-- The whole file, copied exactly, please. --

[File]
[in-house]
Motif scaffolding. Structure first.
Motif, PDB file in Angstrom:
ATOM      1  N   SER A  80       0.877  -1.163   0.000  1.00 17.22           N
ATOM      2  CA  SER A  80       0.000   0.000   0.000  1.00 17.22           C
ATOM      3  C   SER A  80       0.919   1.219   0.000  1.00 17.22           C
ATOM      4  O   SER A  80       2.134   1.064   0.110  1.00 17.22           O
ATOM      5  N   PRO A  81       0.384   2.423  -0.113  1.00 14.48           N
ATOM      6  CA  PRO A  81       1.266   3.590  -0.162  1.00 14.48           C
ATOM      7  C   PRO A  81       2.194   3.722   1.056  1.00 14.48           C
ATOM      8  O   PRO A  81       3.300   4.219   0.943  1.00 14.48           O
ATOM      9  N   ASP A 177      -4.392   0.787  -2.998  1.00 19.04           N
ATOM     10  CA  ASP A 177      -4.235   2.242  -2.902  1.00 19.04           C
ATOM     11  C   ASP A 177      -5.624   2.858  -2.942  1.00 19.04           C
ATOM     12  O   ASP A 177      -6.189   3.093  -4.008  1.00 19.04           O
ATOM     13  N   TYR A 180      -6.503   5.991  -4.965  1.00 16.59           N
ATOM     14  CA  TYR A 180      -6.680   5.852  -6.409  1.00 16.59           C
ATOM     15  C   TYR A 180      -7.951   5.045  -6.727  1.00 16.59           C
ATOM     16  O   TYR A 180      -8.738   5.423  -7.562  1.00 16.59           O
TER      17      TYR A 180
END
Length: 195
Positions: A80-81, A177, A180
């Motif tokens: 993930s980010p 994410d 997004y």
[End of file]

[in-house]
Motif scaffolding. Structure first.
Motif, PDB file in Angstrom:
ATOM      1  N   SER A  80       0.877  -1.163   0.000  1.00 17.22           N
ATOM      2  CA  SER A  80       0.000   0.000   0.000  1.00 17.22           C
ATOM      3  C   SER A  80       0.919   1.219   0.000  1.00 17.22           C
ATOM      4  O   SER A  80       2.134   1.064   0.110  1.00 17.22           O
ATOM      5  N   PRO A  81       0.384   2.423  -0.113  1.00 14.48           N
ATOM      6  CA  PRO A  81       1.266   3.590  -0.162  1.00 14.48           C
ATOM      7  C   PRO A  81       2.194   3.722   1.056  1.00 14.48           C
ATOM      8  O   PRO A  81       3.300   4.219   0.943  1.00 14.48           O
ATOM      9  N   ASP A 177      -4.392   0.787  -2.998  1.00 19.04           N
ATOM     10  CA  ASP A 177      -4.235   2.242  -2.902  1.00 19.04           C
ATOM     11  C   ASP A 177      -5.624   2.858  -2.942  1.00 19.04           C
ATOM     12  O   ASP A 177      -6.189   3.093  -4.008  1.00 19.04           O
ATOM     13  N   TYR A 180      -6.503   5.991  -4.965  1.00 16.59           N
ATOM     14  CA  TYR A 180      -6.680   5.852  -6.409  1.00 16.59           C
ATOM     15  C   TYR A 180      -7.951   5.045  -6.727  1.00 16.59           C
ATOM     16  O   TYR A 180      -8.738   5.423  -7.562  1.00 16.59           O
TER      17      TYR A 180
END
Length: 195
Positions: A80-81, A177, A180
């Motif tokens: 993930s980010p 994410d 997004y």